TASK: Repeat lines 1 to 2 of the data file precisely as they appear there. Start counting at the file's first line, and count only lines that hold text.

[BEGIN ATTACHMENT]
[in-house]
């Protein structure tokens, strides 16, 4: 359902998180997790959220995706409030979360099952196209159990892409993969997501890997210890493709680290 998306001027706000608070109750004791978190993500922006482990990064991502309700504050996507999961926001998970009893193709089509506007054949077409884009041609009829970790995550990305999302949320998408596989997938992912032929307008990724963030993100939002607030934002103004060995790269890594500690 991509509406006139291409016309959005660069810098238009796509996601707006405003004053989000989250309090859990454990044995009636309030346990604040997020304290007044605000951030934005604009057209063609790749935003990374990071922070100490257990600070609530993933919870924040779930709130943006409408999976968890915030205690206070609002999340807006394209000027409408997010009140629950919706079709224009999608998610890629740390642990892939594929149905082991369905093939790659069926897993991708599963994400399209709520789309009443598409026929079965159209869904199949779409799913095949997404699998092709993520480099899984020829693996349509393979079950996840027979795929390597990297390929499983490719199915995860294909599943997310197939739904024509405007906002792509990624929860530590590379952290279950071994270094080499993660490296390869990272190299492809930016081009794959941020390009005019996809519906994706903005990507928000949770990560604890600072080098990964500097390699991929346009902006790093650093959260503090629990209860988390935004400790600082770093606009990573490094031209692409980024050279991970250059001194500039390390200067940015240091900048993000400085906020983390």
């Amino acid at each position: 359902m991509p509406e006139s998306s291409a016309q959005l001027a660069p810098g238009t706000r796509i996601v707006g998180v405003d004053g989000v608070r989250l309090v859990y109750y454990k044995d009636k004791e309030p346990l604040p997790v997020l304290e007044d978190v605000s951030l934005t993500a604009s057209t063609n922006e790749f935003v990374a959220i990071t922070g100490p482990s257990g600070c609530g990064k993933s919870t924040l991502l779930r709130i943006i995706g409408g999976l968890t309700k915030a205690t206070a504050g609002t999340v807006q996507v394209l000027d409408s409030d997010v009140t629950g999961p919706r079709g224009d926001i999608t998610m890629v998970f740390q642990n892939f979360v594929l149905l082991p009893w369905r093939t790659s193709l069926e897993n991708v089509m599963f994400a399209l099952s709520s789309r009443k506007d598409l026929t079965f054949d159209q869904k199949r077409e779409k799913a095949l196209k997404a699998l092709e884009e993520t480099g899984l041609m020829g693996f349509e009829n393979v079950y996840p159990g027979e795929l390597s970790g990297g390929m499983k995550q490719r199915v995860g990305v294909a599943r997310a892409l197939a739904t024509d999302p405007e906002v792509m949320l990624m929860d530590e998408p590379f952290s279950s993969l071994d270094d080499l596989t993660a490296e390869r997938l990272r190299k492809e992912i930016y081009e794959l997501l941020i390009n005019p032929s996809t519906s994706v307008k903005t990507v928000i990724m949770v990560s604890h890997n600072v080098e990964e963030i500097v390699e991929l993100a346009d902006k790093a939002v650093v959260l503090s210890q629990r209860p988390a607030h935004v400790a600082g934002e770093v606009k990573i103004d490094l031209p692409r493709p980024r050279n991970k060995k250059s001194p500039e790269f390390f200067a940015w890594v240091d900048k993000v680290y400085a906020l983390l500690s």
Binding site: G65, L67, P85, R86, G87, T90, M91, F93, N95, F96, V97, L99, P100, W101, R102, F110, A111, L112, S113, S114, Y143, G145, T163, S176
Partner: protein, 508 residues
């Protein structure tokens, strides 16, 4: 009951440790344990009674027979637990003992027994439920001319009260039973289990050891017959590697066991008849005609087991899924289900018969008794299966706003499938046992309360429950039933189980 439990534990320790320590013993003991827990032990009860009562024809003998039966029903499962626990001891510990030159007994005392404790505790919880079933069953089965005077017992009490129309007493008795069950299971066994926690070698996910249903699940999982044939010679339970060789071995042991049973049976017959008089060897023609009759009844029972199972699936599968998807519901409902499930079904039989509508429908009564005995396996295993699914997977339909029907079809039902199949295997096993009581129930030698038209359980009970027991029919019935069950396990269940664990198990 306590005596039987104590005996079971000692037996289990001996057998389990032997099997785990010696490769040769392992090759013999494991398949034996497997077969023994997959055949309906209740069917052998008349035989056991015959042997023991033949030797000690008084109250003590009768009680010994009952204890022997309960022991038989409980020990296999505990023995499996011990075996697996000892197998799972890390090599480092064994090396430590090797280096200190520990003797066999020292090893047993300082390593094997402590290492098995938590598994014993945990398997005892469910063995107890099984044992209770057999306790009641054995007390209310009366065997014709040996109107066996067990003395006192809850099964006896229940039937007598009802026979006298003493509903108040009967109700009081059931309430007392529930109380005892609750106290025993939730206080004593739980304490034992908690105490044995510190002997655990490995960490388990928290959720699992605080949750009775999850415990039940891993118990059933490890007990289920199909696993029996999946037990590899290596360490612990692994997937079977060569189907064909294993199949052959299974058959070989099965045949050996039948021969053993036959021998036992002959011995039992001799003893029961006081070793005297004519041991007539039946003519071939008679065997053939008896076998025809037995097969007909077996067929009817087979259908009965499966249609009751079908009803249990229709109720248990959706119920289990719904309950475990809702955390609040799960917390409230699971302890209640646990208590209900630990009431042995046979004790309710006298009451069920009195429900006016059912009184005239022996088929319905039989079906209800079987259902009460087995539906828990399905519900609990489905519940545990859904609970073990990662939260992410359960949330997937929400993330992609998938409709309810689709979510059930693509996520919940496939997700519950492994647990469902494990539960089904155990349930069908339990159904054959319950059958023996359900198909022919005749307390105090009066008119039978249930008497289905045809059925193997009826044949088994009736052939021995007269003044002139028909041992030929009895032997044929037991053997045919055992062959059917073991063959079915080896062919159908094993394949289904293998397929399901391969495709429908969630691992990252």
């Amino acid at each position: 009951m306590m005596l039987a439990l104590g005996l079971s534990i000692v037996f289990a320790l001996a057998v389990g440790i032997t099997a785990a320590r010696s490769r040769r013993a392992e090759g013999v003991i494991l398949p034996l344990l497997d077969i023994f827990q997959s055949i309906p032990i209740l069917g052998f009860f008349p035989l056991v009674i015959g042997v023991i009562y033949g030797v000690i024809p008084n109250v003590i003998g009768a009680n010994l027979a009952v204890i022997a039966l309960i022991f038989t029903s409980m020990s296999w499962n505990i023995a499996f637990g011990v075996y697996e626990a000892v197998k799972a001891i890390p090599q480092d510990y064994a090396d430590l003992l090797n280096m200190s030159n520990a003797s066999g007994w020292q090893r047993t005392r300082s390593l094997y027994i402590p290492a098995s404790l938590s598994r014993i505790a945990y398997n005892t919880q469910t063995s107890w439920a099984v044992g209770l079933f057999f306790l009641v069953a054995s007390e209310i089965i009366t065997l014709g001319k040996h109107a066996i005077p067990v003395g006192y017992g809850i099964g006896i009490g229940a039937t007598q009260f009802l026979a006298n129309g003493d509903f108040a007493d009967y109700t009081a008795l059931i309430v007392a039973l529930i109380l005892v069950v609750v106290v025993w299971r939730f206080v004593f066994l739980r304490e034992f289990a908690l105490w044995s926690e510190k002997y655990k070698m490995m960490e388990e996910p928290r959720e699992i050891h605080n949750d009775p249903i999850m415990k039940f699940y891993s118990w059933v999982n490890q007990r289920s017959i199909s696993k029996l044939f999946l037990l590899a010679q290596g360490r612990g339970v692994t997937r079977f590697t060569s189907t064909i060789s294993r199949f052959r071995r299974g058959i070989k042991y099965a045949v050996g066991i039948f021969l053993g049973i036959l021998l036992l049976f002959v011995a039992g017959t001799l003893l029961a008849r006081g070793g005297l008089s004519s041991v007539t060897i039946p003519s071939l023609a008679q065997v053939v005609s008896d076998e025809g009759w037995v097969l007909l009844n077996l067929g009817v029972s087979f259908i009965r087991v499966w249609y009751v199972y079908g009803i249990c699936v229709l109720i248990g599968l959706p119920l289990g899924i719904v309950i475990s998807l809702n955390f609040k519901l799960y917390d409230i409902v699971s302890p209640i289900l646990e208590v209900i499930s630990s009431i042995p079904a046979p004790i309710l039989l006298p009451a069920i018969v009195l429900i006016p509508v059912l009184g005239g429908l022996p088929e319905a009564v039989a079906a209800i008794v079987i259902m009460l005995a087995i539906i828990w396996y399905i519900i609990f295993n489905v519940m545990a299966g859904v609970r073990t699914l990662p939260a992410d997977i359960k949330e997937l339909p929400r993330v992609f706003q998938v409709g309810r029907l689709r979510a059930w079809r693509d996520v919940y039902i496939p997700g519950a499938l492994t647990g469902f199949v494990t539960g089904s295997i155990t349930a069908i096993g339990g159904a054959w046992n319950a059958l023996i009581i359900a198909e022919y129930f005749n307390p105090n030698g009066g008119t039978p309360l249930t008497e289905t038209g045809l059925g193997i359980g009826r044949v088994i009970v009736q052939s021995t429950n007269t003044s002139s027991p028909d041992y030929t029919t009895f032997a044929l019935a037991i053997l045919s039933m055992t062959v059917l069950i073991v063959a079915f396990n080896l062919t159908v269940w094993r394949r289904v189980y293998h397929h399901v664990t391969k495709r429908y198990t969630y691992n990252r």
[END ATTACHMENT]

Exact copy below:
[in-house]
């Protein structure tokens, strides 16, 4: 359902998180997790959220995706409030979360099952196209159990892409993969997501890997210890493709680290 998306001027706000608070109750004791978190993500922006482990990064991502309700504050996507999961926001998970009893193709089509506007054949077409884009041609009829970790995550990305999302949320998408596989997938992912032929307008990724963030993100939002607030934002103004060995790269890594500690 991509509406006139291409016309959005660069810098238009796509996601707006405003004053989000989250309090859990454990044995009636309030346990604040997020304290007044605000951030934005604009057209063609790749935003990374990071922070100490257990600070609530993933919870924040779930709130943006409408999976968890915030205690206070609002999340807006394209000027409408997010009140629950919706079709224009999608998610890629740390642990892939594929149905082991369905093939790659069926897993991708599963994400399209709520789309009443598409026929079965159209869904199949779409799913095949997404699998092709993520480099899984020829693996349509393979079950996840027979795929390597990297390929499983490719199915995860294909599943997310197939739904024509405007906002792509990624929860530590590379952290279950071994270094080499993660490296390869990272190299492809930016081009794959941020390009005019996809519906994706903005990507928000949770990560604890600072080098990964500097390699991929346009902006790093650093959260503090629990209860988390935004400790600082770093606009990573490094031209692409980024050279991970250059001194500039390390200067940015240091900048993000400085906020983390």